I aslo can’t agree that those other dancers are taking bigger risks and hence get bigger rewards. In context Jerry follows by saying Nick placed second in one contest and Todd first. I can think of many contests where Nick ended up winning against the same dancers. Perhaps you would then say it’s not about winning contests and I agree. But it’s helpful to find some common ground or else it’s just a matter of preference. For most judges I have talked to the actual places of a contest can often times be a crap shoot. Namely you group the bottom third, middle and bottom. You can’t consistenly be placed in the upper third of contests by a group of peers unless you excel in all the categories of judging including performance. Nick, Todd, etc are all some of these dancers. As Kevin said at that level you are spiltting hairs and talking more about your own performance preferences than any objective standard.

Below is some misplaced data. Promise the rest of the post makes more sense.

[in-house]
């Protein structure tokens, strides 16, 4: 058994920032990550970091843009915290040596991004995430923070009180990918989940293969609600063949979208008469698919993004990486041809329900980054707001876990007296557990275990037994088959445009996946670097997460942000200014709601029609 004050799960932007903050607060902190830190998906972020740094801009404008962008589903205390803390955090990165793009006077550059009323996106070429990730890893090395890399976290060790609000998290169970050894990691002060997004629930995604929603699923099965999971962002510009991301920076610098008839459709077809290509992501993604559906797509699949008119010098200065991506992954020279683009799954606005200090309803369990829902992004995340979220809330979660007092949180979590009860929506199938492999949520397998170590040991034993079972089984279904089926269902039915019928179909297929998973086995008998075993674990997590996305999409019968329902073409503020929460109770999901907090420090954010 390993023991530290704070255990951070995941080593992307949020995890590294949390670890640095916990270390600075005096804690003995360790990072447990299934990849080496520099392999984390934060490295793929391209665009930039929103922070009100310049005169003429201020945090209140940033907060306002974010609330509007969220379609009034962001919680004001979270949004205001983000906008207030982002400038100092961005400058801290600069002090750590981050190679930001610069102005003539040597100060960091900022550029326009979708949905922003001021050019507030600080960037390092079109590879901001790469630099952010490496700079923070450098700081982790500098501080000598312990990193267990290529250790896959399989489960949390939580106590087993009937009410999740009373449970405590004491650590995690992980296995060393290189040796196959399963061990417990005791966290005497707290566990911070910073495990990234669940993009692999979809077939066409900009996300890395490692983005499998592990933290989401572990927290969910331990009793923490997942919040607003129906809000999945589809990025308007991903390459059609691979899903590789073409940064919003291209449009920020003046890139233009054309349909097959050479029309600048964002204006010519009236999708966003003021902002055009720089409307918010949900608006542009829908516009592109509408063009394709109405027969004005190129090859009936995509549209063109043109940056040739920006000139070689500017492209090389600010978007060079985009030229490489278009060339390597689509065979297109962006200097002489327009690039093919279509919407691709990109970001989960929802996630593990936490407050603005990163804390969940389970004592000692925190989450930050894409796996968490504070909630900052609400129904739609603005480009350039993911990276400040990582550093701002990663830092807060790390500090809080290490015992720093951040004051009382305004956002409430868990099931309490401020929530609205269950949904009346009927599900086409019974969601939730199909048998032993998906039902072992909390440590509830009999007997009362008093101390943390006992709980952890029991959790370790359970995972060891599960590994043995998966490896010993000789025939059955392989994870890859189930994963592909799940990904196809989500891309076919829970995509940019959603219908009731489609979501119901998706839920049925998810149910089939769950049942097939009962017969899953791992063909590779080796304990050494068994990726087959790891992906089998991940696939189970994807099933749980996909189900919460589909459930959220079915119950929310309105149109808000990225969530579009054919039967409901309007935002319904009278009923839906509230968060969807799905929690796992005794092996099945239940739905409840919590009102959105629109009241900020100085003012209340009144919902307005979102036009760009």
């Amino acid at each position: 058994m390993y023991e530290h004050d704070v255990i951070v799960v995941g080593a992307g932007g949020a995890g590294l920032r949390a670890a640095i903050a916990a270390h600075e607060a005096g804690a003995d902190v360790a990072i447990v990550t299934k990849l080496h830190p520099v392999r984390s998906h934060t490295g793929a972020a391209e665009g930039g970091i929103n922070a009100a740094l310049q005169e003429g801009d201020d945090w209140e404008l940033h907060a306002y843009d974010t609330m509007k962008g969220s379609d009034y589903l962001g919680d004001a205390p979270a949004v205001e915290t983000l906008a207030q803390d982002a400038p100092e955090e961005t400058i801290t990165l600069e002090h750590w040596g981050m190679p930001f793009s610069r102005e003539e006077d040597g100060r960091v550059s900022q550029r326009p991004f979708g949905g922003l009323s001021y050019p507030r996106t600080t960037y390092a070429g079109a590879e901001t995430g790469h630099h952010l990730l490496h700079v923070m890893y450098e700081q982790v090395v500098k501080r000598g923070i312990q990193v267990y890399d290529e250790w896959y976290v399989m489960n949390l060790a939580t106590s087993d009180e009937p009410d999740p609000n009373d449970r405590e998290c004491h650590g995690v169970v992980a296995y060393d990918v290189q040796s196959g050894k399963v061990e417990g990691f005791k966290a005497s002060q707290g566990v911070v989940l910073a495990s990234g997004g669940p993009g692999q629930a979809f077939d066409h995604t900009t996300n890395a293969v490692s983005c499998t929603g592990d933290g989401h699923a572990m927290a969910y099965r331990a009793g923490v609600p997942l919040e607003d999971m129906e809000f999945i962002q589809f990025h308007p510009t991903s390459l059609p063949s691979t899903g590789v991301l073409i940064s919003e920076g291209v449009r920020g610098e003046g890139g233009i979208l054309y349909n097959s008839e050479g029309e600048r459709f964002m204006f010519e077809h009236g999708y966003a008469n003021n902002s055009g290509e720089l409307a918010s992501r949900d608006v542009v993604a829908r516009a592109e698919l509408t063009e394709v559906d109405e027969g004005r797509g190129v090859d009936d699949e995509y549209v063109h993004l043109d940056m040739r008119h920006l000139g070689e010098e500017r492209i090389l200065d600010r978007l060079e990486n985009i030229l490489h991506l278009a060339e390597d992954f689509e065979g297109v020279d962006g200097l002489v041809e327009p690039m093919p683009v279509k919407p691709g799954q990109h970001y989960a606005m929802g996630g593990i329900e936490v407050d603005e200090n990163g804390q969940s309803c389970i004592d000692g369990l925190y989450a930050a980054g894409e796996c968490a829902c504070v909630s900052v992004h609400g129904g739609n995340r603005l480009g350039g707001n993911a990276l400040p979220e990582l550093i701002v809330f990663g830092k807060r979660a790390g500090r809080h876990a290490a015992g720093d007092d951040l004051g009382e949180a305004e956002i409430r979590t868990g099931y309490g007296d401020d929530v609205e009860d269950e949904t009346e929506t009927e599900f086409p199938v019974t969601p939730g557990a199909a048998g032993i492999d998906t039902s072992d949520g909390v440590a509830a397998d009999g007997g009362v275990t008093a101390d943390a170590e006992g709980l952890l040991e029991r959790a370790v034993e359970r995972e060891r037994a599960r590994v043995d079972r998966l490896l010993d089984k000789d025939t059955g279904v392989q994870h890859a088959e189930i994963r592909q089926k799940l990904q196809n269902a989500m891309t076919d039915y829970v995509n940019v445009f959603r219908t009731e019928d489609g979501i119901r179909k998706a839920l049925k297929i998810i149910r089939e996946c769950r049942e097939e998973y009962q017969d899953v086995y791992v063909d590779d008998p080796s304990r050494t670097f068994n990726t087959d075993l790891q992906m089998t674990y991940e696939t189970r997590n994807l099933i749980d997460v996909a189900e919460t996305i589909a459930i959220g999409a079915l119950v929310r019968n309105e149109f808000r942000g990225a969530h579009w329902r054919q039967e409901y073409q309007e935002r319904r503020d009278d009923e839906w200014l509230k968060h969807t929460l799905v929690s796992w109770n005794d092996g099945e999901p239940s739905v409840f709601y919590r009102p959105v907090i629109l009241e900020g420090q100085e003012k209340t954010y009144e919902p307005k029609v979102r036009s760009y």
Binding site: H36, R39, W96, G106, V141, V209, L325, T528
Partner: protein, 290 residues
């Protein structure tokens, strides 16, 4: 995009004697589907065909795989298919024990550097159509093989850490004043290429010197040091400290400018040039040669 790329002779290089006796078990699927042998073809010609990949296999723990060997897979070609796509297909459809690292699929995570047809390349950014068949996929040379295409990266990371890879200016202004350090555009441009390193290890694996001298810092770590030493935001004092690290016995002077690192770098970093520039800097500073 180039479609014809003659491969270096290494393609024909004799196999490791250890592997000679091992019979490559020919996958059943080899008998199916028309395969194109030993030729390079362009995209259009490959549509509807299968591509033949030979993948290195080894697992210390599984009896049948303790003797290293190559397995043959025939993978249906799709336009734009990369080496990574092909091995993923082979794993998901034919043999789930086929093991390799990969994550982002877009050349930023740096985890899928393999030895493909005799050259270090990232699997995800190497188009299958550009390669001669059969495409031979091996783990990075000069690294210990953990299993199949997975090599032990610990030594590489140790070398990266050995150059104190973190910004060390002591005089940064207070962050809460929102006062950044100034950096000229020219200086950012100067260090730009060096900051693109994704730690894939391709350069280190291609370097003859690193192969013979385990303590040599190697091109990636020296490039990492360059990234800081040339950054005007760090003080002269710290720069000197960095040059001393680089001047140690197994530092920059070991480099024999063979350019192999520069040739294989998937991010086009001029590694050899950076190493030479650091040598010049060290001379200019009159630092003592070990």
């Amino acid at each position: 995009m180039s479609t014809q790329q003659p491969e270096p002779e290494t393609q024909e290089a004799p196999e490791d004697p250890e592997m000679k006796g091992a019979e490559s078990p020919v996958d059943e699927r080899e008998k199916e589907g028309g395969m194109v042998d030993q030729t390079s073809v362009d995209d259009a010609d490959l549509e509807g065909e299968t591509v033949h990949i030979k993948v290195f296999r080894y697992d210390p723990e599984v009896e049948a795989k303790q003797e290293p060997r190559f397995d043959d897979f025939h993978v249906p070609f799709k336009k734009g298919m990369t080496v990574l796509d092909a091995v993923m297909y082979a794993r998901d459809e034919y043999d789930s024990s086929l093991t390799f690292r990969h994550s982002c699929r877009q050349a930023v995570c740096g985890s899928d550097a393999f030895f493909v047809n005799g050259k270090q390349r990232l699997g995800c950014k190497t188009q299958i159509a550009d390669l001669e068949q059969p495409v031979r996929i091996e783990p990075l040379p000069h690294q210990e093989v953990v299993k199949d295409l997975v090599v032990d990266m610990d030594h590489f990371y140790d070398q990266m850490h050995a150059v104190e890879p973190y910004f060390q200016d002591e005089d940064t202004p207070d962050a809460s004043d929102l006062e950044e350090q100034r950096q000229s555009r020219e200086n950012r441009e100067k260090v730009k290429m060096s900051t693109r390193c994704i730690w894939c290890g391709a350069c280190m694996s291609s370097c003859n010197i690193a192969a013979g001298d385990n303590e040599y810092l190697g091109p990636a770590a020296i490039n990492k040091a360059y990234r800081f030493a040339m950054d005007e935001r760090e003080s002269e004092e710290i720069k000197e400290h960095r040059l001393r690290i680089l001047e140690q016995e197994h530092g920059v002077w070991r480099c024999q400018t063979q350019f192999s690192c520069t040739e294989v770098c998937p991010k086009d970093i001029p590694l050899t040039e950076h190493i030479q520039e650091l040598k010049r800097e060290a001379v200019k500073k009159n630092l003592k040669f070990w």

10. Jerry said,

    July 6, 2010 at 11:52 am

    First of all, I’d like to remind everyone that this is my blog. And most everything I say is my subjective opinion. That’s kinda the whole point here. I’m all about hair splitting here.

    That Nick is a great dancer or that he can do Crazy Shit is not in question. That he isn’t black enough I think over simplifies my criticisms. In fact my last comment quoted Bruce Lee which was a product of his work to towards reconciling eastern and western philosophies. However, the whole blackness and whiteness of the dance and its dancers issue seems to be a popular topic again. I wrote my my initial reaction to that last year. I may break out a continuation of this part of the conversation to another post though.

    I do find it amusing that the same variation of Nick’s acceptance or lack thereof keeps going around: people don’t get his dancing, he’s not with the current trends, blah, blah, blah. I feel like I’ve been hearing this stuff for years if only because he keeps repeating it. All this despite the fact that he’s won everything twice and he has his own followers that rivals Faltesek’s cult-like following. I don’t understand how this persists for someone who gets hired more than anyone else and wins and places as much as he does in every contest that he enters.